Rave Act

Origins of the Rave Act

The Rave Act  stemmed from crack house statute (21 USC 856) which made “it a felony to knowingly open, lease, rent, use, or maintain any place for the purpose of manufacturing, distributing, or using any controlled substance”. The crack house statute is use by the Justice Department to prosecute business owners and landlords who knowingly let their property to be used do illegal drug distribution.

Sponsored by Senator Joseph Biden, the Reducing America’s Vulnerability to Ecstasy Act was proposed in congress over 15 years ago. Extending the previous crack house statute to event promoters, expanding civil penalties, and reconsidered of sentencing for crimes involving Gamma-Hydroxybutyric acid (GHB). The RAVE act transformed to the Illicit Drug Anti-Proliferation Act of 2003 which was passed, as a rider to the PROTECT act, aiming to prevents child abuse, prosecuting violent crimes against children, and creating the AMBER alert. Because it was passed with the PROTECT act, even though it had little to do with the bill, it was passed with a staggering majority.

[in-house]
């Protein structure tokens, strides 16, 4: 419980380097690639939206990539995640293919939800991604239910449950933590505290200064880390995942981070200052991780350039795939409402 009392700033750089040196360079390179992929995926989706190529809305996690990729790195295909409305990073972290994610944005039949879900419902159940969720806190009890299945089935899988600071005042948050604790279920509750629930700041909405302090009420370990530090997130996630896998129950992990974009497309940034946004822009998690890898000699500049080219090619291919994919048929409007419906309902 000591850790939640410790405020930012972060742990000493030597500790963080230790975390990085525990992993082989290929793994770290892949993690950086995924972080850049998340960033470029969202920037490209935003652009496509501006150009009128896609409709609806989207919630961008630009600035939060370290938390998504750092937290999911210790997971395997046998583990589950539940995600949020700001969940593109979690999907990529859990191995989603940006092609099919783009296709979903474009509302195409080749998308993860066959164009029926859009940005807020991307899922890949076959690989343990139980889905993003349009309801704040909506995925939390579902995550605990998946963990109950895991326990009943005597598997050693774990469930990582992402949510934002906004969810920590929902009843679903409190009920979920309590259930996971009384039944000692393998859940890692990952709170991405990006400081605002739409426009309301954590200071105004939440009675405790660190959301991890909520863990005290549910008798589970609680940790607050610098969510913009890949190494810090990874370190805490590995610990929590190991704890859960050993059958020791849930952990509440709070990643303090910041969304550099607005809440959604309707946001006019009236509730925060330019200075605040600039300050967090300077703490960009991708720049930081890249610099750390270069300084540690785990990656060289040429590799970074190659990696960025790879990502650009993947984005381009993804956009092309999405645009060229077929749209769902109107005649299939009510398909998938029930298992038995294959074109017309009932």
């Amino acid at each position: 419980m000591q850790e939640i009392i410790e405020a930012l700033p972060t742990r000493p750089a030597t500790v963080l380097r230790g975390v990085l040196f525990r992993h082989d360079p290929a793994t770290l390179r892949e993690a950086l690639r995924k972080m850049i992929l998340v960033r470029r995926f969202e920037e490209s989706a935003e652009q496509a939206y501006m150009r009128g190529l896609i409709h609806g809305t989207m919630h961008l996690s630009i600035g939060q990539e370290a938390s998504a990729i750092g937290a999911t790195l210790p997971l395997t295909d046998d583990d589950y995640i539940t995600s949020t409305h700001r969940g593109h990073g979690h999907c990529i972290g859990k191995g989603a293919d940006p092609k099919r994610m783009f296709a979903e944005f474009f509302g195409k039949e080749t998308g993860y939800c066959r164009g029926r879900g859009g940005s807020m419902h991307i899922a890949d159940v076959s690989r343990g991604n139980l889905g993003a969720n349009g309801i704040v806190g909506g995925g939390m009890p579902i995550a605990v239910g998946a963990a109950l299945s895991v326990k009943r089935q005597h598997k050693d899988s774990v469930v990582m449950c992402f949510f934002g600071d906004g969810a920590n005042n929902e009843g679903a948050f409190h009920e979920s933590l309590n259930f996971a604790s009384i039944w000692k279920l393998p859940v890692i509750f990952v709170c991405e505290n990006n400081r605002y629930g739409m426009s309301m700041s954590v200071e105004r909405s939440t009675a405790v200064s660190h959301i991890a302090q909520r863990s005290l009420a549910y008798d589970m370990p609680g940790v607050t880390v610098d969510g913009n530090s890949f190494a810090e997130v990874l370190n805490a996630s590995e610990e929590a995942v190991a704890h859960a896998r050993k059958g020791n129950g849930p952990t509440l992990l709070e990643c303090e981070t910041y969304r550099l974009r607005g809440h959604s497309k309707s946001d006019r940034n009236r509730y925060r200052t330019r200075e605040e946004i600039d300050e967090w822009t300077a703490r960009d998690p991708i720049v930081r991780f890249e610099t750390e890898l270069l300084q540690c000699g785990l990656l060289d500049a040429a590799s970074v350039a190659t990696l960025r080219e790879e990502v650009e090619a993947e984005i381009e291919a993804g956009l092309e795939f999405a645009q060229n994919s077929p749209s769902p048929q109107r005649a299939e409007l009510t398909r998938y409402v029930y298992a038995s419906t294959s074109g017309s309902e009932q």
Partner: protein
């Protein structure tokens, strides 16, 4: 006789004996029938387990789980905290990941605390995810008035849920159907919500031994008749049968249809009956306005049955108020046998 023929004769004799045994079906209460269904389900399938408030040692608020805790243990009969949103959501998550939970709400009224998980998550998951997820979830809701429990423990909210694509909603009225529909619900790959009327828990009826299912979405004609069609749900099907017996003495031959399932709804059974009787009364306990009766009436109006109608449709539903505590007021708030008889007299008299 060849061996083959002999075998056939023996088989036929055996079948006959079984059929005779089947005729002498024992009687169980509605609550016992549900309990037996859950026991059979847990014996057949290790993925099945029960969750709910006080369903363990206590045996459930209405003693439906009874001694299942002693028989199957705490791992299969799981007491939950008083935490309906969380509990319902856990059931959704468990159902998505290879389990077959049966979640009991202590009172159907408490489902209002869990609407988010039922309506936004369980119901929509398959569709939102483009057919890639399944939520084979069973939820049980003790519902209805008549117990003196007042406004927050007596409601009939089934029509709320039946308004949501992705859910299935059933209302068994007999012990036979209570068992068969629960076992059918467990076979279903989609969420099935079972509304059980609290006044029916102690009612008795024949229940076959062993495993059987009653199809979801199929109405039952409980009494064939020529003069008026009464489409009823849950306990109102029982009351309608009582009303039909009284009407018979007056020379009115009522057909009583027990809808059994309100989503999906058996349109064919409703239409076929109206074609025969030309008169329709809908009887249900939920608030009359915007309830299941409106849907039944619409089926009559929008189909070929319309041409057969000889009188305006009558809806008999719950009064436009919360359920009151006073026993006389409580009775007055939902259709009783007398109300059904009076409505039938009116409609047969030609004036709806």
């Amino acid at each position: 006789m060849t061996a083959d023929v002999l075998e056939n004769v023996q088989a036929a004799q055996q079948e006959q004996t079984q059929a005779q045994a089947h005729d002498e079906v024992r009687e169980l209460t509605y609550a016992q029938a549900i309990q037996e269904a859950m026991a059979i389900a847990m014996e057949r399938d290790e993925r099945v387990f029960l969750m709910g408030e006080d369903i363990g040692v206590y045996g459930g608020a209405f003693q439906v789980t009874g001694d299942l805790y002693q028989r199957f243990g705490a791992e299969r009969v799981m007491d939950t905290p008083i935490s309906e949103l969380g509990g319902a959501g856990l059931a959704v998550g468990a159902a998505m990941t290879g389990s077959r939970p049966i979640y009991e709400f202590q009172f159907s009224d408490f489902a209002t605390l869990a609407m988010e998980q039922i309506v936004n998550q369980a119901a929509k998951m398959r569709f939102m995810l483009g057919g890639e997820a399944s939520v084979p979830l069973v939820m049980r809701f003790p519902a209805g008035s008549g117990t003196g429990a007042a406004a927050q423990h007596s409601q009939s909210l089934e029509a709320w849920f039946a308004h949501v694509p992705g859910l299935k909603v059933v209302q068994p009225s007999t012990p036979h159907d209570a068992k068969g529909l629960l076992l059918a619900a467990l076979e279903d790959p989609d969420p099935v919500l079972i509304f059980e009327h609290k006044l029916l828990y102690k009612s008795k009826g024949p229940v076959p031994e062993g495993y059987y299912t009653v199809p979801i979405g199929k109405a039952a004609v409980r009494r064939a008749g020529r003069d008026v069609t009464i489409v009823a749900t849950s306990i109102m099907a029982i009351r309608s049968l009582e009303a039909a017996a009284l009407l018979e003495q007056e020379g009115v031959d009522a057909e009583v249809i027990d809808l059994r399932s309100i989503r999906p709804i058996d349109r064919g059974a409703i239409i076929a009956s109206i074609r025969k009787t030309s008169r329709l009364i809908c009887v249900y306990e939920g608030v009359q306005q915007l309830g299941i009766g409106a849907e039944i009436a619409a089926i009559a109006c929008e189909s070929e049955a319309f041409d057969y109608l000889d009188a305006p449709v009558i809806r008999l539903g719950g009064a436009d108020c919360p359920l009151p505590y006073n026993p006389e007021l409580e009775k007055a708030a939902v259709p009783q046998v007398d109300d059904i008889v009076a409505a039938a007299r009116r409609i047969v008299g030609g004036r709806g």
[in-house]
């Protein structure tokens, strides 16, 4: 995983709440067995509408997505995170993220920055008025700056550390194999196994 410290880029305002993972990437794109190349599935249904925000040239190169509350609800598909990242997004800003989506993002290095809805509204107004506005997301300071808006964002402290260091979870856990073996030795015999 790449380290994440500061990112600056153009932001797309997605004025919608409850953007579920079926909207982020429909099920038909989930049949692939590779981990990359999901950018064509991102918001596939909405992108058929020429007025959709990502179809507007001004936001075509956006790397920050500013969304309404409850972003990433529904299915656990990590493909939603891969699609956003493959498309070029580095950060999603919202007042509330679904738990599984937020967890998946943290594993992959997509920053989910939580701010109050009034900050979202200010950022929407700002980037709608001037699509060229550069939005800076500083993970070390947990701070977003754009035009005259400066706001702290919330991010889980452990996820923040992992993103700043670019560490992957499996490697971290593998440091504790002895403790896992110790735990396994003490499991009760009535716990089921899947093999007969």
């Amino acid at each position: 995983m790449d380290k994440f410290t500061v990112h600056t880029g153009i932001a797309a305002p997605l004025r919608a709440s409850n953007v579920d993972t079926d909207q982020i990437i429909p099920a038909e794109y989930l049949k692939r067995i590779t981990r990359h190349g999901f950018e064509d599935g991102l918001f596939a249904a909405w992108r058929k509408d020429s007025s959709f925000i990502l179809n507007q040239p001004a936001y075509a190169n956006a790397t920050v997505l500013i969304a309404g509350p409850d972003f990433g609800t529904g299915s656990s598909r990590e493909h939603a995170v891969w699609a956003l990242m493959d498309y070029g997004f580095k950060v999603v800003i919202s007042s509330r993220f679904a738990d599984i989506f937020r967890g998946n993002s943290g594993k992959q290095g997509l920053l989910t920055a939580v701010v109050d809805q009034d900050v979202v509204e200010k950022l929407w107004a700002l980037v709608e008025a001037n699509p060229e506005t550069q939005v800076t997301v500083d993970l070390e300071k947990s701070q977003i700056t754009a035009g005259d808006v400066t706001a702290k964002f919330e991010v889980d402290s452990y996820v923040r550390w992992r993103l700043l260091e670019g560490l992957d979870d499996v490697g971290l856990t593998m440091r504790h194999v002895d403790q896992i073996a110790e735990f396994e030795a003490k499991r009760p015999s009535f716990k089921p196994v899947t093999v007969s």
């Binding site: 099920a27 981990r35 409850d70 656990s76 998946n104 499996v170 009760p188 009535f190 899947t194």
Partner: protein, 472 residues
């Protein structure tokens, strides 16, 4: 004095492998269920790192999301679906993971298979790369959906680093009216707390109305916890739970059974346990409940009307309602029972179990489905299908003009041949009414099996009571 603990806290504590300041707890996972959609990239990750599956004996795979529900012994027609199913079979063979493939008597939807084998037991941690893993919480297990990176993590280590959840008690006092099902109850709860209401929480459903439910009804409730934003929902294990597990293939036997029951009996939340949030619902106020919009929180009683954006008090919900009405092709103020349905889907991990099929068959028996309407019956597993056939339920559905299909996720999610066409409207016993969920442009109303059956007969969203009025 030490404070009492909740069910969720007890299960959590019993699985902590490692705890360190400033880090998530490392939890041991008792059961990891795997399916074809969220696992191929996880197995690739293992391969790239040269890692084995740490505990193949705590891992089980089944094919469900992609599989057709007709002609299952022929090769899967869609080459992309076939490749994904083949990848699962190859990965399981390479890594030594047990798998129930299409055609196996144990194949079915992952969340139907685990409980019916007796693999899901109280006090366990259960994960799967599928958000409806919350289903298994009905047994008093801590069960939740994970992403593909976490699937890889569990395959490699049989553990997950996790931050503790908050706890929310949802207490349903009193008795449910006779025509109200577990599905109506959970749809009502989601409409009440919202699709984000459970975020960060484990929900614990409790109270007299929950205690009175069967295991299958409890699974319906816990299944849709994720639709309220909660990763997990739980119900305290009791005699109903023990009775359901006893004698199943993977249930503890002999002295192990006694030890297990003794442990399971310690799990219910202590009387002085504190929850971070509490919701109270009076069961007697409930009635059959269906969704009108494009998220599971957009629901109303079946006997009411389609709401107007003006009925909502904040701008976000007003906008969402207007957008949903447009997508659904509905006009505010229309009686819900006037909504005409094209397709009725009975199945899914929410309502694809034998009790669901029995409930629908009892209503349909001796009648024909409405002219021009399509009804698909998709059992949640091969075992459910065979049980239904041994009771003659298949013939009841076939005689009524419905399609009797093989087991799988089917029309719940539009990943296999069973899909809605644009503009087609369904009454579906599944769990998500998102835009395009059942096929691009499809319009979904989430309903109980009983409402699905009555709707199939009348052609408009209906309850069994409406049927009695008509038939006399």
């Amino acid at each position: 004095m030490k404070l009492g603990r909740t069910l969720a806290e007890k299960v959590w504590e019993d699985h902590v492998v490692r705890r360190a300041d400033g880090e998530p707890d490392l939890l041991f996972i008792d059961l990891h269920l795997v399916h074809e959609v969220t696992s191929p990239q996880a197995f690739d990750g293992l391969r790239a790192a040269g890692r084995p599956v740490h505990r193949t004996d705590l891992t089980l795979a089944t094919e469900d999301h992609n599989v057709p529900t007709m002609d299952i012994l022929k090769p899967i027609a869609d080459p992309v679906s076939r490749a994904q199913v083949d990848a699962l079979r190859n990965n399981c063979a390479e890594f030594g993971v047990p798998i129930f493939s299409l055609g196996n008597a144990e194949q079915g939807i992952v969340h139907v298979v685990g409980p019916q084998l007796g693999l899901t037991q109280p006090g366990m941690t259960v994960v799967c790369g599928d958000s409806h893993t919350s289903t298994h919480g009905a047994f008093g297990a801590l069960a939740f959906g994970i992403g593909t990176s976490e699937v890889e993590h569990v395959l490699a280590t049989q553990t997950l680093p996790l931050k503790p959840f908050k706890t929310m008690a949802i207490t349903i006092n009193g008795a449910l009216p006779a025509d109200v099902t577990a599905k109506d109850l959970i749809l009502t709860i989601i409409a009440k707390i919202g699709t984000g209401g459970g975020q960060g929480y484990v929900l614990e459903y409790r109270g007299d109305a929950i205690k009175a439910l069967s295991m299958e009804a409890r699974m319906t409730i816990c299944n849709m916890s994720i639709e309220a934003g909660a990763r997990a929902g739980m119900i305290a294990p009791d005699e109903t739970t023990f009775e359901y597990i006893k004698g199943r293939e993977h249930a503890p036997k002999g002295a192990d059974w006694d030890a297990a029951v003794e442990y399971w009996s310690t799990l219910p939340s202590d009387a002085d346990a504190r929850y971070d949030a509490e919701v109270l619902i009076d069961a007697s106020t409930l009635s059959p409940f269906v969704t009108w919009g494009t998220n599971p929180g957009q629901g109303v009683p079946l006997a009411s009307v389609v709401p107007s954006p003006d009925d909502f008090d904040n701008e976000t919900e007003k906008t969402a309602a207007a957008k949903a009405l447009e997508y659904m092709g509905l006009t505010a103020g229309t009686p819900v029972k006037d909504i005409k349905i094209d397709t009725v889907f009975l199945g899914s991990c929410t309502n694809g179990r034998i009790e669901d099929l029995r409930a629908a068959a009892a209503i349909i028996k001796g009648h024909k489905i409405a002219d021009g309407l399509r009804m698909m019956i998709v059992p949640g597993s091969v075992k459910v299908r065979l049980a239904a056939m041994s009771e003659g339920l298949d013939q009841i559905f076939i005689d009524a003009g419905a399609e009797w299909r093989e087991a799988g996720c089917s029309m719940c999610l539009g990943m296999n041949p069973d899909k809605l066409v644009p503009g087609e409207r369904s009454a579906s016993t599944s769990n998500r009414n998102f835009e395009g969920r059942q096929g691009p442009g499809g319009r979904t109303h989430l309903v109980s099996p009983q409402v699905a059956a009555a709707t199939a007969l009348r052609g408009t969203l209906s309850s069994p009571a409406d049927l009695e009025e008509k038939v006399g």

How It Affects Our Work

The Illicit Drug Anti-Proliferation Act has dissuaded event promoters and venues from allowing harm reduction measures, because it essentially acknowledges that the use of controlled substances is happening within the confines of that events. This has made it extremely difficult for services like on site drug testing to happen as promoters and venues cannot legally admit that their is any drug use going on. Moreover, paraphernalia laws in VA do not clearly define if reagent test kits are paraphernalia.

Changing the Law